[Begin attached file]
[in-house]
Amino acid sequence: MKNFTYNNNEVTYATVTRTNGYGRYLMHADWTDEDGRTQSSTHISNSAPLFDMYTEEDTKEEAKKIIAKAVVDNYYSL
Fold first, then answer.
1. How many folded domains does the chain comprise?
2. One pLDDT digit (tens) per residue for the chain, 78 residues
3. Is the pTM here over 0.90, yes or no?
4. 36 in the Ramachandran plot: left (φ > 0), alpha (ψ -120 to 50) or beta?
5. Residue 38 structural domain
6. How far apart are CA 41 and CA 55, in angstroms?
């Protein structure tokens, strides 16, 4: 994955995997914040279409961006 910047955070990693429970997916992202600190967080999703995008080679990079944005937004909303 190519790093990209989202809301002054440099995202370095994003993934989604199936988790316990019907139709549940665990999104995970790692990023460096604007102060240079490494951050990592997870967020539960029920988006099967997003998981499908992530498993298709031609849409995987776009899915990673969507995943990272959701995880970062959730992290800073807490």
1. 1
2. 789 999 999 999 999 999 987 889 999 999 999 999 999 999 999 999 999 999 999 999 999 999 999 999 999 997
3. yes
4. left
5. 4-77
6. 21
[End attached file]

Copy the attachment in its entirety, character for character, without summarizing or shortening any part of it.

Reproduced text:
[in-house]
Amino acid sequence: MKNFTYNNNEVTYATVTRTNGYGRYLMHADWTDEDGRTQSSTHISNSAPLFDMYTEEDTKEEAKKIIAKAVVDNYYSL
Fold first, then answer.
1. How many folded domains does the chain comprise?
2. One pLDDT digit (tens) per residue for the chain, 78 residues
3. Is the pTM here over 0.90, yes or no?
4. 36 in the Ramachandran plot: left (φ > 0), alpha (ψ -120 to 50) or beta?
5. Residue 38 structural domain
6. How far apart are CA 41 and CA 55, in angstroms?
């Protein structure tokens, strides 16, 4: 994955995997914040279409961006 910047955070990693429970997916992202600190967080999703995008080679990079944005937004909303 190519790093990209989202809301002054440099995202370095994003993934989604199936988790316990019907139709549940665990999104995970790692990023460096604007102060240079490494951050990592997870967020539960029920988006099967997003998981499908992530498993298709031609849409995987776009899915990673969507995943990272959701995880970062959730992290800073807490």
1. 1
2. 789 999 999 999 999 999 987 889 999 999 999 999 999 999 999 999 999 999 999 999 999 999 999 999 999 997
3. yes
4. left
5. 4-77
6. 21